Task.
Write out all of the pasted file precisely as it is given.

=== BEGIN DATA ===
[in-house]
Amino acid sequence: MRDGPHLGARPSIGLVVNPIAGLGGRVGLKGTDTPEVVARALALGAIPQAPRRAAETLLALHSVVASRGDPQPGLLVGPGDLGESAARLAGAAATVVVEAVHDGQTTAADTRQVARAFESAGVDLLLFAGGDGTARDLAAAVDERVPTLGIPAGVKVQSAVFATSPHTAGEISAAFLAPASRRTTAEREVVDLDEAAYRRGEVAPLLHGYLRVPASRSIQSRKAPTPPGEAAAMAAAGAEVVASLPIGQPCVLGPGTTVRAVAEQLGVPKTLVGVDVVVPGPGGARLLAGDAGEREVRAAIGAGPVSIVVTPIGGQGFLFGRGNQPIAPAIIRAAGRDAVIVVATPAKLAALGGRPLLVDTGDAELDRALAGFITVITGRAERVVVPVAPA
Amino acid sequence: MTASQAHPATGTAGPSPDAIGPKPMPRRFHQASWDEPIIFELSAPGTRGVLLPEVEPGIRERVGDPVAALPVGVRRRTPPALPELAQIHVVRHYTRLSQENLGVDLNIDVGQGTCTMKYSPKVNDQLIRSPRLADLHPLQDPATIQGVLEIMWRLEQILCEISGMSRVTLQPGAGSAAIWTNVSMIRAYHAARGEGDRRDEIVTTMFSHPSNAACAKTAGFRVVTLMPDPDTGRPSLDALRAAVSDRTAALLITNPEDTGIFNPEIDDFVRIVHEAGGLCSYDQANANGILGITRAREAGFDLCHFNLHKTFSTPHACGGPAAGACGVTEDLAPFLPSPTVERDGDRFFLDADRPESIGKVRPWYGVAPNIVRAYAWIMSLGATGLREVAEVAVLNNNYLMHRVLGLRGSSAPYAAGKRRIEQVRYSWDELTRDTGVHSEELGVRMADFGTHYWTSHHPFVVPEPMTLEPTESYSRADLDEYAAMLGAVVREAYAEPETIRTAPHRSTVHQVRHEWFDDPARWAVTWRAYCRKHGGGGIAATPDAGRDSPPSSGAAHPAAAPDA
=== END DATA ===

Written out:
[in-house]
Amino acid sequence: MRDGPHLGARPSIGLVVNPIAGLGGRVGLKGTDTPEVVARALALGAIPQAPRRAAETLLALHSVVASRGDPQPGLLVGPGDLGESAARLAGAAATVVVEAVHDGQTTAADTRQVARAFESAGVDLLLFAGGDGTARDLAAAVDERVPTLGIPAGVKVQSAVFATSPHTAGEISAAFLAPASRRTTAEREVVDLDEAAYRRGEVAPLLHGYLRVPASRSIQSRKAPTPPGEAAAMAAAGAEVVASLPIGQPCVLGPGTTVRAVAEQLGVPKTLVGVDVVVPGPGGARLLAGDAGEREVRAAIGAGPVSIVVTPIGGQGFLFGRGNQPIAPAIIRAAGRDAVIVVATPAKLAALGGRPLLVDTGDAELDRALAGFITVITGRAERVVVPVAPA
Amino acid sequence: MTASQAHPATGTAGPSPDAIGPKPMPRRFHQASWDEPIIFELSAPGTRGVLLPEVEPGIRERVGDPVAALPVGVRRRTPPALPELAQIHVVRHYTRLSQENLGVDLNIDVGQGTCTMKYSPKVNDQLIRSPRLADLHPLQDPATIQGVLEIMWRLEQILCEISGMSRVTLQPGAGSAAIWTNVSMIRAYHAARGEGDRRDEIVTTMFSHPSNAACAKTAGFRVVTLMPDPDTGRPSLDALRAAVSDRTAALLITNPEDTGIFNPEIDDFVRIVHEAGGLCSYDQANANGILGITRAREAGFDLCHFNLHKTFSTPHACGGPAAGACGVTEDLAPFLPSPTVERDGDRFFLDADRPESIGKVRPWYGVAPNIVRAYAWIMSLGATGLREVAEVAVLNNNYLMHRVLGLRGSSAPYAAGKRRIEQVRYSWDELTRDTGVHSEELGVRMADFGTHYWTSHHPFVVPEPMTLEPTESYSRADLDEYAAMLGAVVREAYAEPETIRTAPHRSTVHQVRHEWFDDPARWAVTWRAYCRKHGGGGIAATPDAGRDSPPSSGAAHPAAAPDA